Rather than studying MNOs, we suggest you learn more about Subscriber Identity Modules or SIMs and embedded SIM technology because that’s really where the rubber meets the road. Or, jump over to learn how to get started with eUICC for your IoT deployment if you know a little about SIMs.

If we’ve convinced you that you don’t need to learn about the MNO acronyms, but you want to learn a little more about us, skip to the end of this post so you can learn what neat things you can do with the Hologram IoT platform.

What Is an MNO (Mobile Network Operator)?

A Mobile Network Operator is a wireless telecommunications company that owns a radio spectrum license or that controls access to that license. Typically, the Mobile Network Operator has all of the infrastructure it needs to sell and deliver services to customers, which often includes back office services such as billing, marketing, customer service, and provisioning as well as the wireless network and back haul infrastructure needed to provide the services.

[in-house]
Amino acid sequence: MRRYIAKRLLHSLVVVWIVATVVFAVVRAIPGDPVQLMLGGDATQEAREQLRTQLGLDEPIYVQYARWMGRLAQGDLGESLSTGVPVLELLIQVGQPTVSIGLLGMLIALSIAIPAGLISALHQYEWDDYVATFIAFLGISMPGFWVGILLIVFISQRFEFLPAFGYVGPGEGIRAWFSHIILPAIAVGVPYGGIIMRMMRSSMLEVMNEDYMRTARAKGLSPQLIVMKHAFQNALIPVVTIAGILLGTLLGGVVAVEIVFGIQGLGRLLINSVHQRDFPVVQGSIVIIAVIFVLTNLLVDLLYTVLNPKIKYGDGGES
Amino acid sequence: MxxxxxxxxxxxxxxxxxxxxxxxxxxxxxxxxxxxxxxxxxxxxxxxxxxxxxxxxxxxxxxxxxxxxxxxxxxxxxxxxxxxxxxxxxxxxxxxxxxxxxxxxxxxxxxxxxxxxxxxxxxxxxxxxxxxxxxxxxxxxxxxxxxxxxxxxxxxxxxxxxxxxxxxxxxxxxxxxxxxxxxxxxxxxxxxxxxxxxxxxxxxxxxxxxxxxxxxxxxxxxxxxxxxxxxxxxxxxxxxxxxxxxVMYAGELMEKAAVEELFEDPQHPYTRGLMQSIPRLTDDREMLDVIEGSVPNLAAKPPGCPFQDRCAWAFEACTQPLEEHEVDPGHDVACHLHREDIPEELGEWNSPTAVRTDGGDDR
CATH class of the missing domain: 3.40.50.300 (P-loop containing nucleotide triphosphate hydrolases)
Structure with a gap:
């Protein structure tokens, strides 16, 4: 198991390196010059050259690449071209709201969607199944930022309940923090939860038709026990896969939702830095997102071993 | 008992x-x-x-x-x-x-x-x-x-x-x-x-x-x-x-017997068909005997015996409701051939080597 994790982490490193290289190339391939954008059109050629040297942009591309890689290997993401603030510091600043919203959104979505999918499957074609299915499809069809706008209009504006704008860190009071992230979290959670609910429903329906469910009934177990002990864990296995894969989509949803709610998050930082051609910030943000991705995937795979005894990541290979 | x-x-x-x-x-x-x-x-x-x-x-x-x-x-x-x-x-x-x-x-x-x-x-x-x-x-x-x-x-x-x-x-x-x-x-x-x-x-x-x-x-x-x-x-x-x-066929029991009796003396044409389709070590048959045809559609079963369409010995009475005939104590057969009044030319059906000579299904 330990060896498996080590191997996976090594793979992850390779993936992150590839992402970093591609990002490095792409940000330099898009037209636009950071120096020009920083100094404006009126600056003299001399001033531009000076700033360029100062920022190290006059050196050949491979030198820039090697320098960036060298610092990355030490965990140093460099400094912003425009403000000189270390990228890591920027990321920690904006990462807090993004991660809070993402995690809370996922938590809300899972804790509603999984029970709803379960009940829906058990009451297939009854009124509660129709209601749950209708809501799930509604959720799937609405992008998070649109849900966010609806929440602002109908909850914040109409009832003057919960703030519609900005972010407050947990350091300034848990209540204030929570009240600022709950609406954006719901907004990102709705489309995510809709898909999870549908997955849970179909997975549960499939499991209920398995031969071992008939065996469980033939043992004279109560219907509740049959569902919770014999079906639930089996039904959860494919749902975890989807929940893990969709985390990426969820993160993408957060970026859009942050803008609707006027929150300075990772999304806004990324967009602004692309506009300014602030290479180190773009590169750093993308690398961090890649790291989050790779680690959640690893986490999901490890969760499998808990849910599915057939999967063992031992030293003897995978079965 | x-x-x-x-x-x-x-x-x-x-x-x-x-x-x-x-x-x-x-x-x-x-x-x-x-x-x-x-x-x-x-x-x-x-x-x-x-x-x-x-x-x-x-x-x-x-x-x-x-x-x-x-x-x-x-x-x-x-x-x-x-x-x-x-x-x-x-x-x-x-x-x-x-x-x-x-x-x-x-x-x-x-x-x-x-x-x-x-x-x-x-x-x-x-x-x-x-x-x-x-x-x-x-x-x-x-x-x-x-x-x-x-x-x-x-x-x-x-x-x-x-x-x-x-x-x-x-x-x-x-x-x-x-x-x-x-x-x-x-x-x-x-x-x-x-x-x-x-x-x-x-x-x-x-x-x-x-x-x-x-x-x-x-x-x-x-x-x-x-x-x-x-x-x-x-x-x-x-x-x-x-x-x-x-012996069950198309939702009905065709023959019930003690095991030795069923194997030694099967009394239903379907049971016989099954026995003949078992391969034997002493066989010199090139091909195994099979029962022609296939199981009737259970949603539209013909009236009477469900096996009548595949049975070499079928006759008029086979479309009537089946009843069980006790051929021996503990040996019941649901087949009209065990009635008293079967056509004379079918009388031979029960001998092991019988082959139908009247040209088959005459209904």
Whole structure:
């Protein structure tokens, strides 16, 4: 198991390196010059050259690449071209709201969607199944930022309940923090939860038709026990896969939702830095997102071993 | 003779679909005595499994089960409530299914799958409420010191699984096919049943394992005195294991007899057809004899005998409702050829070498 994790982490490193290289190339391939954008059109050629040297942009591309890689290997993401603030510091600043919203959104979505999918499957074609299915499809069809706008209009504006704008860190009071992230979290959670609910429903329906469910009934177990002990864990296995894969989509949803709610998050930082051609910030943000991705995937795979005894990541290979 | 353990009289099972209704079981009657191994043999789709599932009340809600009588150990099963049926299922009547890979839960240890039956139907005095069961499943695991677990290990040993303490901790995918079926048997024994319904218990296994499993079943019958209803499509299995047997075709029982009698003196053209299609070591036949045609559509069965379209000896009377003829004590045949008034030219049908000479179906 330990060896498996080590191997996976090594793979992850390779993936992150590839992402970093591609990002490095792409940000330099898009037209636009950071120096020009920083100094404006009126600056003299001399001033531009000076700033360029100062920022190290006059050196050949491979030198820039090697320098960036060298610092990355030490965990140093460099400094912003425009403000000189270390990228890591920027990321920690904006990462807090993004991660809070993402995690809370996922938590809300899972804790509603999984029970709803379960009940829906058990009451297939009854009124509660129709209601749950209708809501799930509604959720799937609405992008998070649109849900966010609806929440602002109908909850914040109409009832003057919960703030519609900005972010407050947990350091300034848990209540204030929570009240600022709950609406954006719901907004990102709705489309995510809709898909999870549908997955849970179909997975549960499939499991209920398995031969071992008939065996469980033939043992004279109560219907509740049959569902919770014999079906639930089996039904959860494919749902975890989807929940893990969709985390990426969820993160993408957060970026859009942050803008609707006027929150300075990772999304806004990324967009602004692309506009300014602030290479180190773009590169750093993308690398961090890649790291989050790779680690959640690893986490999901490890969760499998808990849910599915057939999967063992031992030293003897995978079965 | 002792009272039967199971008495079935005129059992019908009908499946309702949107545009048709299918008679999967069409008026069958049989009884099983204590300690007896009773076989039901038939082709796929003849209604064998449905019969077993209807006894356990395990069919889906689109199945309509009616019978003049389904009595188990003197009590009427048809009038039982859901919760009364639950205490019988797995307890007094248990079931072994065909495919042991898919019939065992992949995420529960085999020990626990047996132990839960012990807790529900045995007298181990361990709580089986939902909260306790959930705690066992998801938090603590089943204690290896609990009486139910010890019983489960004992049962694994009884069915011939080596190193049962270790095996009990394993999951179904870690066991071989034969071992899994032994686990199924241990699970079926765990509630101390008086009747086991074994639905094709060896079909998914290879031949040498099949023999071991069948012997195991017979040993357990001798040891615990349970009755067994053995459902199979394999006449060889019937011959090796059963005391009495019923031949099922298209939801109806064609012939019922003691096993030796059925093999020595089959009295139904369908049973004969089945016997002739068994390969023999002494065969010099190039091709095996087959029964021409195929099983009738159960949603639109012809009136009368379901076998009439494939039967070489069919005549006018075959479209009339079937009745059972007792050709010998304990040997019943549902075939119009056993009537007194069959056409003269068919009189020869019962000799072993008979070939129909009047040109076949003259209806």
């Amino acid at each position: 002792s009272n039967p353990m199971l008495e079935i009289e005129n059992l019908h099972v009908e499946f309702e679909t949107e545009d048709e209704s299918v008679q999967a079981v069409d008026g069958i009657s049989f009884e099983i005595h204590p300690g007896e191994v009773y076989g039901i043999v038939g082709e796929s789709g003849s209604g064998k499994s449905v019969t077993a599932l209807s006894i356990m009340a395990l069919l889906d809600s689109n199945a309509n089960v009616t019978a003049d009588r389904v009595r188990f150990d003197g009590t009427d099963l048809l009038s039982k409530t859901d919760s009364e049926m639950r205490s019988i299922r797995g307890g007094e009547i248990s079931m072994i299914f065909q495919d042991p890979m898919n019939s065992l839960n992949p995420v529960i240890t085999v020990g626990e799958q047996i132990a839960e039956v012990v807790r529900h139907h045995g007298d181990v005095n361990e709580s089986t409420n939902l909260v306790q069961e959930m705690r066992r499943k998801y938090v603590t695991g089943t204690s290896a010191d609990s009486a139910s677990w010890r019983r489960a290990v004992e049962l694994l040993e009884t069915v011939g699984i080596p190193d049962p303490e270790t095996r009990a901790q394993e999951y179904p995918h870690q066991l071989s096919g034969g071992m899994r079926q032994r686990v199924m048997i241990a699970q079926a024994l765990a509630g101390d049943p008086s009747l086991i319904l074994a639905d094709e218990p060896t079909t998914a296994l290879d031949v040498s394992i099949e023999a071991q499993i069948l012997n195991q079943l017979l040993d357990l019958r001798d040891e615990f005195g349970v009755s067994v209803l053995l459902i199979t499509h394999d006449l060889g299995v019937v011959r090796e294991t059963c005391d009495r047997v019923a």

A Mobile Network Operator can outsource some of its business functions, but the key is that the MNO owns or controls radio spectrum licenses. Well known MNOs in the United States include Verizon, T-Mobile, and AT&T.

Every MNO has a list of carriers they have partnerships with, and your device will only connect to those on the partnership list. To connect to other cellular networks, you need specialized components on your Subscriber Identity Modules (SIMs).

What is a MVNO (Mobile Virtual Network Operator)?

The Mobile Virtual Network Operator is essentially a reseller of wireless technology. It doesn't own its own radio network but buys services from a Mobile Network Operator such as AT&T, T-Mobile, or Verizon and then resells its services to consumers or businesses.

In the U.S., notable MVNO brands include Consumer Cellular, Boost Mobile and Cricket Wireless.

What makes this business model successful is that these companies offer better prices to select audiences. Consumer Cellular offers affordable plans for seniors, as one example.